I have personal favorites that are repeated but sometimes it takes quite a while which further impedes my sleep since I wait and wait, waking up my partner to hear what I happen to think is quite funny (he doesn’t see the humor). One is the mockingbird’s rendition of theme from “Rawhide” …..Rollin’….rollin’….rollin…keep those doggies rollin….’” and then he seems to be saying, “Cheeseburger, cheeseburger, cheeseburger, Cheese” I lay awake at night and wait for them to come around again.
I have heard other mockingbirds sing “Rawhide” and “cheeseburger.” It would be interesting to me to know if other mockingbird audiences find some of the same “songs” universal.
Jeff: "I live in a suburb in SE metro Phoenix, Arizona. A male bachelor Northern Mockingbird has taken up residence in the neighbor’s 40 foot tree. Unfortunately, our bedrooms are located on the the side of the house nearest to the tree. The bird is extremely loud, begins activity around midnight, and chirps a series of six different sounds, usually strung together in three or four chirps per sound.
The chirps are so repetitive and precise that, at first, my wife and I thought the neighbor had bought some mechanical bird chirping device and left it on. I went over to the tree (at 1am) and started talking loud enough that any ordinary bird would stop, but there was no break in the chirping. Then I stood directly under the tree and the noise stopped. But as soon as I walked away, the noise started again. Surely, a mechanical bird noise maker wouldn’t have a motion detector that stopped the chirps when motion was detected. I walked under the tree a couple more times. Each time, the chirps would stop and then start up again as soon as I walked away.
My wife and I were perplexed. Finally, I decided to give the tree a good shake. The chirping stopped, even after I walked away. Mystery solved… this was no bird device gone crazy, we were cursed by the bachelor mockingbird. The chirping temporarily stopped, but in the midst of the trial and error, we pissed off the neighbor’s five chihuahuas who were now barking up a storm. I’m not sure which noise is worse when you just can’t fall asleep. Time to have a strong drink and then crank up the humidifier which might dull the barking and chirping that assaults my senses. Perhaps in the morning, I’ll check on any last minute deals to Hawaii. Or maybe I should take my plastic garden owl and chuck it up in the tree to see if I can fool the bachelor into thinking he has found a mate."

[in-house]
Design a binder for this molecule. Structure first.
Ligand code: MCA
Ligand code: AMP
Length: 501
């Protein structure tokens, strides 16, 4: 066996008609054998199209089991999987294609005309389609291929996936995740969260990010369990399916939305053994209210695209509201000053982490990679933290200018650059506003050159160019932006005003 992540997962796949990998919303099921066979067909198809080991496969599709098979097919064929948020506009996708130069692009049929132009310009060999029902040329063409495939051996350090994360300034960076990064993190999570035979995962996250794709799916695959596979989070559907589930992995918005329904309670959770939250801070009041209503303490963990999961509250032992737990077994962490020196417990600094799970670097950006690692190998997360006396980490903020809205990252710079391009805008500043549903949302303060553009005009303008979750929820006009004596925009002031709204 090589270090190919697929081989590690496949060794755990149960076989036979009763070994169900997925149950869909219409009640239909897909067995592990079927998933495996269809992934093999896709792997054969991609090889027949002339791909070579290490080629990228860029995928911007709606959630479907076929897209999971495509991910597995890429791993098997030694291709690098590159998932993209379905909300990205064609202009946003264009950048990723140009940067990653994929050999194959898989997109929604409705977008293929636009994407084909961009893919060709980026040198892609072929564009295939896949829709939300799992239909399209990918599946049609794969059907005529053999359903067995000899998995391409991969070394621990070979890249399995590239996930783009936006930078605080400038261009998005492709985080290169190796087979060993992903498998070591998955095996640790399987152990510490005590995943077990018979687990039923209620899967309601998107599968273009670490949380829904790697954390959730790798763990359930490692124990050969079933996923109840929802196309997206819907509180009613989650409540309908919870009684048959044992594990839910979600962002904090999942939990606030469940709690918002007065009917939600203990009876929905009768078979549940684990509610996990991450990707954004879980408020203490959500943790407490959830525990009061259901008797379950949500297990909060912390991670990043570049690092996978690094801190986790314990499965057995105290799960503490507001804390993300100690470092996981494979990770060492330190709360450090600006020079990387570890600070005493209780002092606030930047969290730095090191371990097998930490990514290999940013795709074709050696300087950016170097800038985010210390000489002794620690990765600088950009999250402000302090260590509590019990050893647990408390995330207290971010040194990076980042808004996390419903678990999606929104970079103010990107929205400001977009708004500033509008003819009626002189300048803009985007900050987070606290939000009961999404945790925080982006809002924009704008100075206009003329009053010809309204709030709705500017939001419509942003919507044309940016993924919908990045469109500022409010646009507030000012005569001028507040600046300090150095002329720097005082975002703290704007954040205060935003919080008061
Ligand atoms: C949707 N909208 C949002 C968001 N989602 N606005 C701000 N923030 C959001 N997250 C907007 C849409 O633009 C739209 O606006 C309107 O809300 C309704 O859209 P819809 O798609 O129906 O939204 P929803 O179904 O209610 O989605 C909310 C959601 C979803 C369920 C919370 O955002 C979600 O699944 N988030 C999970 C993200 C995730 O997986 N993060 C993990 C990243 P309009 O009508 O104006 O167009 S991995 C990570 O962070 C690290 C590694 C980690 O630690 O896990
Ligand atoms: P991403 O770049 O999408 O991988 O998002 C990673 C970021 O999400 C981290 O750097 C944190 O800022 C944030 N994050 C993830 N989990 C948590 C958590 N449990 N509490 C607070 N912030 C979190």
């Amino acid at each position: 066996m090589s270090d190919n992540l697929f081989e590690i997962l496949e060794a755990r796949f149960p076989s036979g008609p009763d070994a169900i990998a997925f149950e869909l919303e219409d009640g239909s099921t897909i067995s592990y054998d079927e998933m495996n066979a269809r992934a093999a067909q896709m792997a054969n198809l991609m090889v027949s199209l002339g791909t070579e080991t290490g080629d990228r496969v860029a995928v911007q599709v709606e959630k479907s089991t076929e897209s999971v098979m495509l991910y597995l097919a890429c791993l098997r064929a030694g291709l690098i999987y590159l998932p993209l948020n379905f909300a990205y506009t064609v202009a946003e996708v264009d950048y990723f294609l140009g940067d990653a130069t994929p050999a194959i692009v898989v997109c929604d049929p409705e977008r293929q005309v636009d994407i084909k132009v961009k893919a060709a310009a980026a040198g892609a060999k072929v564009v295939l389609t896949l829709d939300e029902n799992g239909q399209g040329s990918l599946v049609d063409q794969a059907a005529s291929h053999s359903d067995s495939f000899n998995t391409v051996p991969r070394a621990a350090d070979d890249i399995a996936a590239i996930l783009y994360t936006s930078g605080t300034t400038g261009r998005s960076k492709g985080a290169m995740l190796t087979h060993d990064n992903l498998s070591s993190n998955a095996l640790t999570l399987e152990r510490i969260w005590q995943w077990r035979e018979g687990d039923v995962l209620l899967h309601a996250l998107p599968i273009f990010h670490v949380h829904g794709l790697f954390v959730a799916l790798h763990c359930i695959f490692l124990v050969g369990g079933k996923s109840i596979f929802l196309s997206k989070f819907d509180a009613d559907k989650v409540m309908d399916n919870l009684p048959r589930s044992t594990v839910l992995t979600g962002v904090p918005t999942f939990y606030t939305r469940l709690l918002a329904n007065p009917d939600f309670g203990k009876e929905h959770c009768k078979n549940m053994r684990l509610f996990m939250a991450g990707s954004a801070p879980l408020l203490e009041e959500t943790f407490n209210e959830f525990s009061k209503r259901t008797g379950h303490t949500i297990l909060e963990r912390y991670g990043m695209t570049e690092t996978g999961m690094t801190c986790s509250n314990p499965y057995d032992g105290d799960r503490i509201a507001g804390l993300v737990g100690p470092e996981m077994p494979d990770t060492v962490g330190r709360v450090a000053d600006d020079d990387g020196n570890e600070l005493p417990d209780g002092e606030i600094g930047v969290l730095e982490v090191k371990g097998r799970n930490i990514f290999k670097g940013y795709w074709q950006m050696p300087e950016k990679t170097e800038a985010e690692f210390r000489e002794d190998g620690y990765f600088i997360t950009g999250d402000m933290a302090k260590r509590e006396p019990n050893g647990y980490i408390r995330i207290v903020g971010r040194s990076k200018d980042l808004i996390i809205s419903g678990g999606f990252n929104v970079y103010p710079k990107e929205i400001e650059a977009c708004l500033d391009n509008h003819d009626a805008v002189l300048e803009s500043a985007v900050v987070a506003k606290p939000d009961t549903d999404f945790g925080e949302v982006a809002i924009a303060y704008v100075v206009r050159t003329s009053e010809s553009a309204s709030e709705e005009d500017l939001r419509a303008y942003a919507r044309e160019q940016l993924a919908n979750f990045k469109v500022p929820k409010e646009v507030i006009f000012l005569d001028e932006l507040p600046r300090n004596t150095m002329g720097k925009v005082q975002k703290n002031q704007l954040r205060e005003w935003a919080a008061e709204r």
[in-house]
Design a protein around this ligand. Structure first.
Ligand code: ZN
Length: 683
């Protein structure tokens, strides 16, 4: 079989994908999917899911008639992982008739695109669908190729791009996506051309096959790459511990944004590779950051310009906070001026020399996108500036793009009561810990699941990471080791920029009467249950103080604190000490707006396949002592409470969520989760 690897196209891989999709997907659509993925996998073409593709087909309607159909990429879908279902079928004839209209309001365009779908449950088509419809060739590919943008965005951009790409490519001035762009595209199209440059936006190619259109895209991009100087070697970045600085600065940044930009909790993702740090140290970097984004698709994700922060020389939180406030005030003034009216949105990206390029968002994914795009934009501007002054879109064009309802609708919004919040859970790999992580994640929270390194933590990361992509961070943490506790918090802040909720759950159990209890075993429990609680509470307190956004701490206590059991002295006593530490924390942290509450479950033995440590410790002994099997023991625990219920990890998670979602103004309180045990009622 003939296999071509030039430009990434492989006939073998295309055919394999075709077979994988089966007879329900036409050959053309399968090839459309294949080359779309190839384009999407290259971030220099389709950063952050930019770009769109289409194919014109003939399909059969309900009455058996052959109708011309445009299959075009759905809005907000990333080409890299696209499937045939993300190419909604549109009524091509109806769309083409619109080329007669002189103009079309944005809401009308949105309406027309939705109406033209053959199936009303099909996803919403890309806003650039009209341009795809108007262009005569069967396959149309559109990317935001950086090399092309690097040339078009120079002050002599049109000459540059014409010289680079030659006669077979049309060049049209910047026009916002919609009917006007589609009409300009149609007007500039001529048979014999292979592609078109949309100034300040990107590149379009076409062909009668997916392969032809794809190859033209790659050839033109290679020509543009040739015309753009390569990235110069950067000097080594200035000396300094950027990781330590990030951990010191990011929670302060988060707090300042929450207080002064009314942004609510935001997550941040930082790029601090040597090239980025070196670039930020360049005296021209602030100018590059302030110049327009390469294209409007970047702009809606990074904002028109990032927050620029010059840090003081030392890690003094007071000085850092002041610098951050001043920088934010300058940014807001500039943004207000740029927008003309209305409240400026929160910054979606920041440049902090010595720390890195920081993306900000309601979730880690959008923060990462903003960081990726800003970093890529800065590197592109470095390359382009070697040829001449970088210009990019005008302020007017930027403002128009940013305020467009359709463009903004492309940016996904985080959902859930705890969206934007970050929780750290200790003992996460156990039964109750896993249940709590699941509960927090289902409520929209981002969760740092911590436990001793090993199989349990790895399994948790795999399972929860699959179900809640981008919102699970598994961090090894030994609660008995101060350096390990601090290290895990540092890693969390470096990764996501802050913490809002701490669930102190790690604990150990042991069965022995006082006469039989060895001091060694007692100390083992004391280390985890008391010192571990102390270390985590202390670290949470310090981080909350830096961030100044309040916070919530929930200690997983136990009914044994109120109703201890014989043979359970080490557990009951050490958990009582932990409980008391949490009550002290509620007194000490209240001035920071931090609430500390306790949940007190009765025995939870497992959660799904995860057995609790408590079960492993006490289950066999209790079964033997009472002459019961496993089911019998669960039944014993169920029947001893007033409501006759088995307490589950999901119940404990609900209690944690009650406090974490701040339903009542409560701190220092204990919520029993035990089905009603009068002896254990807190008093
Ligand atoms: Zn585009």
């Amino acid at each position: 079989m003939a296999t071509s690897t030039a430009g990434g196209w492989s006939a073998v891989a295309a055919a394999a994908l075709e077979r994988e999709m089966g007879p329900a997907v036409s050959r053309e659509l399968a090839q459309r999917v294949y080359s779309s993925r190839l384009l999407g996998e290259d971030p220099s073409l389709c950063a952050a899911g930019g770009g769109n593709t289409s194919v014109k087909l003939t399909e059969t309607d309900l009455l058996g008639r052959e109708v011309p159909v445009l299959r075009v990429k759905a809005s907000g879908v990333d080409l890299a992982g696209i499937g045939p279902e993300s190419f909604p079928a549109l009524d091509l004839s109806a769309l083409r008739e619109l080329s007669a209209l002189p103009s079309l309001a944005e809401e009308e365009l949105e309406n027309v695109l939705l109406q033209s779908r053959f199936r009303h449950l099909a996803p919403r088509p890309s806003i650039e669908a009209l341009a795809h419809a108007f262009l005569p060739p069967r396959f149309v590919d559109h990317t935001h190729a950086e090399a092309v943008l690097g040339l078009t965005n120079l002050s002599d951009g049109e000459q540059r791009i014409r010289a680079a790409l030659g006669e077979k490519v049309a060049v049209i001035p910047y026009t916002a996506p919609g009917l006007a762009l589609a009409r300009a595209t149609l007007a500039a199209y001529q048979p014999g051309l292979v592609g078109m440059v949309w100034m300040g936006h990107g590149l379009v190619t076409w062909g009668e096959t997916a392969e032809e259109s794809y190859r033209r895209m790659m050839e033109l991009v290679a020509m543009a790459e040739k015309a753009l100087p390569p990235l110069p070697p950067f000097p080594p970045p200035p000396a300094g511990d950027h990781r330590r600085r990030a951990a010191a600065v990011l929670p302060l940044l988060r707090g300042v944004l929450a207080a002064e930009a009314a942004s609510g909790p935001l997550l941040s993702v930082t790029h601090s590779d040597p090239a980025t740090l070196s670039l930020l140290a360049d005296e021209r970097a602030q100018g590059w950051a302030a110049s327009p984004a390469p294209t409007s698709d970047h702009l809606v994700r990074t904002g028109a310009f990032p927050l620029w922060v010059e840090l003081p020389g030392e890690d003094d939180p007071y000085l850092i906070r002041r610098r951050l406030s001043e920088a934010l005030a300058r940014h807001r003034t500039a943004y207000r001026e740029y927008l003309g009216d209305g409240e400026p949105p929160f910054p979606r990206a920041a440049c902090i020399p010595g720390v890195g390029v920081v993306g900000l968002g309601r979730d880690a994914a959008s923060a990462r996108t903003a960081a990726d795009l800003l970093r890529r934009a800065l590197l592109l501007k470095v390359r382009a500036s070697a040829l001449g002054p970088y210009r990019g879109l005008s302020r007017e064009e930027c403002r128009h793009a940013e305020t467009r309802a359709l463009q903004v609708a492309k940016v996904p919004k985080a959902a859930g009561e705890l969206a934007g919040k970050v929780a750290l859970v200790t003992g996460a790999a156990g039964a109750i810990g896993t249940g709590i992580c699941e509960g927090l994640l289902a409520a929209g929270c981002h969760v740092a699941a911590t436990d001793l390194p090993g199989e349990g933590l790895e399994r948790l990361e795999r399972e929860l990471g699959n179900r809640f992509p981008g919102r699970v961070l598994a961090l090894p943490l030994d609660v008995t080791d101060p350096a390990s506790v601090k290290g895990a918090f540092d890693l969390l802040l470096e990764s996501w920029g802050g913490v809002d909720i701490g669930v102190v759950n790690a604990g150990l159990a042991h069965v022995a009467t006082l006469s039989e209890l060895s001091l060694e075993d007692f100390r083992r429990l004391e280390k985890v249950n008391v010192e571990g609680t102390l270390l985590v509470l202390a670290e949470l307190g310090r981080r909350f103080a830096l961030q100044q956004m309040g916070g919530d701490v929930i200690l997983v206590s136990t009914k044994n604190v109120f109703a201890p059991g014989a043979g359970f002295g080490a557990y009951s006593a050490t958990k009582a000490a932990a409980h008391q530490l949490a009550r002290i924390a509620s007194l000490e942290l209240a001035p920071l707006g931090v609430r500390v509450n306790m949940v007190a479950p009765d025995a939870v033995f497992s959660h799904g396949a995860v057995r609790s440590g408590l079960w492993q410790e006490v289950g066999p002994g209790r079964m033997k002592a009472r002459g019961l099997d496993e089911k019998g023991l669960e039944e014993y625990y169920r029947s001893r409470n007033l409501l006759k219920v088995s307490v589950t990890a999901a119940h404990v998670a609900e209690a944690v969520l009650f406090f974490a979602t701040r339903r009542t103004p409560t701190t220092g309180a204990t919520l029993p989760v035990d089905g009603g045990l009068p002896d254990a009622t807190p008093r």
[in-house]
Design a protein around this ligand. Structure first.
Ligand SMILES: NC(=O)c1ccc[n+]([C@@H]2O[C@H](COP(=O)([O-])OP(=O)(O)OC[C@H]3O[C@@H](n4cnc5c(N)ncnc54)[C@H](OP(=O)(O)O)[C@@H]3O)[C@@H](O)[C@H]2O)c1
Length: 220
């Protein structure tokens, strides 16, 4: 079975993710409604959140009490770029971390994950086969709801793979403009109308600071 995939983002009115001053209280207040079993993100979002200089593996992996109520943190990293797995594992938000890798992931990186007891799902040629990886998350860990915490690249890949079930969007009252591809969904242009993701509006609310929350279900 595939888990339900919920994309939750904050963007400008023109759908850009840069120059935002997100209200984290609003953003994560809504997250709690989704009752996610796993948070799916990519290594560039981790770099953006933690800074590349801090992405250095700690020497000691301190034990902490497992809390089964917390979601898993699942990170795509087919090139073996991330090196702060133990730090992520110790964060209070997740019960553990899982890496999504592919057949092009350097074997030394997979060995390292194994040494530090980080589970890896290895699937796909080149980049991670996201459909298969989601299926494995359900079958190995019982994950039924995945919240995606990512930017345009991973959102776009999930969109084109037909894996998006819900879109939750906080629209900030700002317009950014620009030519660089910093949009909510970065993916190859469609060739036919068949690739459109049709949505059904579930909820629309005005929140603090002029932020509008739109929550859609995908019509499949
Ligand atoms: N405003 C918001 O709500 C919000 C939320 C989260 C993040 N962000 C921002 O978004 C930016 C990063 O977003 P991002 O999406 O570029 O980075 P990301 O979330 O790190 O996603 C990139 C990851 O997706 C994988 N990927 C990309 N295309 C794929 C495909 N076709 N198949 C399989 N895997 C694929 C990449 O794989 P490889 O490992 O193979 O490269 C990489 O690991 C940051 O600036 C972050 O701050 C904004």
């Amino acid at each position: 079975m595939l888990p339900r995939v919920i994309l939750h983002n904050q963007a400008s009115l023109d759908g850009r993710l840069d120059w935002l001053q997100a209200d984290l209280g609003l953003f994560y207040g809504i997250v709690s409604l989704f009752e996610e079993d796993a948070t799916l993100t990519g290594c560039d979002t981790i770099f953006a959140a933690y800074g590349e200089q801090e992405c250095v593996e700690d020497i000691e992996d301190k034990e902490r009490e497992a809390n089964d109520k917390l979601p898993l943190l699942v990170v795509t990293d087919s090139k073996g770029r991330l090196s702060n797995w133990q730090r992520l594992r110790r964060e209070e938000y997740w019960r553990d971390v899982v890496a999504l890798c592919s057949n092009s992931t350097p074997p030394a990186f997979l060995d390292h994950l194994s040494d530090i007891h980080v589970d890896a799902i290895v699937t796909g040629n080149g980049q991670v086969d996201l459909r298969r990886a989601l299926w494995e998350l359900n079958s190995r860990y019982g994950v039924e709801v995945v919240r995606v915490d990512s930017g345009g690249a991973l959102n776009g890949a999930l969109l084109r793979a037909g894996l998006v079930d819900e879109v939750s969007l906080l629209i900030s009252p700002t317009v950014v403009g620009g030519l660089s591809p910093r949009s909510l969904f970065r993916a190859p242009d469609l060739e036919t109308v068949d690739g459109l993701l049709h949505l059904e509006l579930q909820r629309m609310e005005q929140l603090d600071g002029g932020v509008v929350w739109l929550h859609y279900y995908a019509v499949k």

Aaron: "I’ve noticed out here in AZ that mockingbirds don’t take no jive from anyone, even cats. I had an outdoor cat at my old house and there was a pair of mickingbirds that nested in the tree outfront (I think it was the same pair year after year, not sure) but they did not take kindly to him being around, they would dive bomb him daily especially during the spring and early summer. I came home one day and there was the poor cat huddled in a ball at the front door with a mockingbird on the left and one on the right each taking turns pecking at him and tearing hair out. My cat must have really ticked them off.
They also would make fun of my niece as she put it. My niece was only 5 or so and loved playing outside and she would always gt hurt and come in crying, and her crying is one of the most annoying loud sounds EVER. Well the mockingbirds started repeating the noise and it seemed that they associated it with her being outside. She started coming in crying saying “The bird is making fun of me”. We’d go outside and as soon as my niece was out there they would start making the same sound she did when she cried. It was one of the funniest things I’ve ever heard.
They also picked up the tune of the car alarms on the street and would sing them all the time."